Thursday, October 19, 2006

Rebutting Jeff Goodman's Poorly Argued Defense of Greg Paulus

Writes Goodman on the heavily-capitalized
"As Greg Paulus goes, so do the Duke Blue Devils."
Anybody who has watched Paulus play would assume that Goodman means that Duke is headed toward missed shots (43% eFG), turnovers (32.8 TO Rate), and terrifically ineffective defending (watch the games). Goodman, however, attempts to cast Paulus's many limitations as strengths:
"There's no question that Josh McRoberts is the most talented player on the team. Gerald Henderson Jr., an athletic freshman wing, has a better shot of earning a paycheck in the NBA than Paulus. Ditto for 7-foot frosh Brian Zoubek.

However, Paulus not only brings leadership and all the intangibles to the table. He's also the only floor leader on the entire roster."

That Paulus is the only floor leader on the entire roster is a black mark on the generally exemplary recruiting record of Duke coach Mike Krzyzewski.

Goodman continues:

"He led the ACC (the best conference in America) in assists (5.2 apg) his freshman campaign."

To lead the league in assists per game, Paulus needed to play over 80% of the minutes on the 29th fastest-paced team in the country in a league without any good point guards.

Here's a list of the ACC's team leaders in assist rate. Once we level the playing field in terms of pace (both Singletary and Gray played a higher percentage of minutes than Paulus but their teams both played at a much slower pace than Duke) and playing time (Frederick and Frasor didn't get quite as much playing time as Paulus), Paulus is simply in the top third of a rather pedestrian collection of ACC distributors.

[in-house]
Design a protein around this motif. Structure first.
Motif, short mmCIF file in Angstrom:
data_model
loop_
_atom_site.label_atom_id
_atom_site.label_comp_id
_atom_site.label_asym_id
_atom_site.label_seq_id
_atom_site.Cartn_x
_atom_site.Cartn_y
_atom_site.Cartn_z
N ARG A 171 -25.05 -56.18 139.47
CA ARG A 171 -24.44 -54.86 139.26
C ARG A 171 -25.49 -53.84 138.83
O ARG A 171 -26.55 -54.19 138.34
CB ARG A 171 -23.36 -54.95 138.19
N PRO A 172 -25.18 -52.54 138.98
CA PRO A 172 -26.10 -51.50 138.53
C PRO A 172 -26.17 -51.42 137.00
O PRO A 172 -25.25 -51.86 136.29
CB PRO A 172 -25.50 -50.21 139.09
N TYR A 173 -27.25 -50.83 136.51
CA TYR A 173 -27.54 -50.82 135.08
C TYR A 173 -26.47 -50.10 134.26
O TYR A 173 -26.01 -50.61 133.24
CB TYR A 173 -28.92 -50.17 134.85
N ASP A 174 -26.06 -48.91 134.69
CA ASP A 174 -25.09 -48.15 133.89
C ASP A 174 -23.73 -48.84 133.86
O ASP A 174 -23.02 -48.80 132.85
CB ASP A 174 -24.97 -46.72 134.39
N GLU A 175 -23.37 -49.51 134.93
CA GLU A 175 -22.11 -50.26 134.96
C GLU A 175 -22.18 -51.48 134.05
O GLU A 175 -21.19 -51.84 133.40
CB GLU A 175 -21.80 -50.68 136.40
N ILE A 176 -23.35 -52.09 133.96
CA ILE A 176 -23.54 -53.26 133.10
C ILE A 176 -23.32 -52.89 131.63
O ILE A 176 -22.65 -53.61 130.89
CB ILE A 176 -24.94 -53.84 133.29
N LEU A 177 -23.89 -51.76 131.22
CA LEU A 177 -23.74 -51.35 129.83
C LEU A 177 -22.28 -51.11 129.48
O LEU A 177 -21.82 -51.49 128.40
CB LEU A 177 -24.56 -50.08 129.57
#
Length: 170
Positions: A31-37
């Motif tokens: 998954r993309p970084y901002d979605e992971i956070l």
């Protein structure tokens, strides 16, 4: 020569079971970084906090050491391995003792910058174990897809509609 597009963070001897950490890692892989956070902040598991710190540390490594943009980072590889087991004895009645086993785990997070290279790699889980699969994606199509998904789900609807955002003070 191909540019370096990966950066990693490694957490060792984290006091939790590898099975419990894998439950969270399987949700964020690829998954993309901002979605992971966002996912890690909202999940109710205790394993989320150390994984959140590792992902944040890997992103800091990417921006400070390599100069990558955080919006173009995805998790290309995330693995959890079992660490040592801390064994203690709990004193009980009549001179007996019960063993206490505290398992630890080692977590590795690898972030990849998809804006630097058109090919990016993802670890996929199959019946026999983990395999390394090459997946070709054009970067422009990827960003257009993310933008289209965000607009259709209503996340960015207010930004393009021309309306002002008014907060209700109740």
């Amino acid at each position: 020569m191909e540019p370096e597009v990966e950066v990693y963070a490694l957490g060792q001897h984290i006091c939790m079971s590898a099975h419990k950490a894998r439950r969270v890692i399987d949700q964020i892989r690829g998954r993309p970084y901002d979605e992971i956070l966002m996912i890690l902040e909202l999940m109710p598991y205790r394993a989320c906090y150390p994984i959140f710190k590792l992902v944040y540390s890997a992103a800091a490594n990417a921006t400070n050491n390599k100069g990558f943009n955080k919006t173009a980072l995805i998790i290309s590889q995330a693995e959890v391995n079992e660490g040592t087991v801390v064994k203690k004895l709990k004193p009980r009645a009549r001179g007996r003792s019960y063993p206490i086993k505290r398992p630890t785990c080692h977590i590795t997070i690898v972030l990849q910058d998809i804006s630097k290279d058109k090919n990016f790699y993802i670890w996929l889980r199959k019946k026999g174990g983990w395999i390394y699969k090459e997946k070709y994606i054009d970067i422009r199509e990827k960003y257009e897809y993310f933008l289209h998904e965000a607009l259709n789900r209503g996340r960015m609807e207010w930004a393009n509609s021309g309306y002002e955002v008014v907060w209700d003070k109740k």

Sean Singletary, Virginia 30.1
Justin Gray, Wake Forest 26.6
Zam Frederick, Georgia Tech 26.2
Greg Paulus, Duke 26.1
Bobby Frasor, UNC 25.9
Jamon Gordon, Va. Tech 25.0
Louis Hinnant, BC 24.9
Isaiah Swann, FSU 24.7
Anthony Harris, Miami 24.4
DJ Strawberry, Maryland 22.8
Cliff Hammonds, Clemson 20.9
Gavin Grant, NC State 20.5

Also, the Big East and the SEC were both clearly better leagues last year than the ACC.

Finally, Goodman attempts to build Paulus up by comparing him to a former, similarly pigmented teammate whose game Paulus's resembles not all:

"Paulus, who will take the throne of the most hated player in the league now that J.J. Redick is in the NBA, has his share of critics."

As a freshman, JJ Redick was an overrated, one-dimensional, catch-and-shoot player. If he was wasn't making shots, he was useless. Over the course of his career, Redick diversified his game, becoming an outstanding offensive player and an adequate defensive player. For the majority of his career, ACC fans hated JJ Redick because he was good enough to beat their teams. Unless Greg Paulus improves greatly, in a number of different areas, opposing fans will welcome his ineffectiveness with open arms, saving their ridicule for anyone who argues that having Greg Paulus play point guard is a good thing for Duke.

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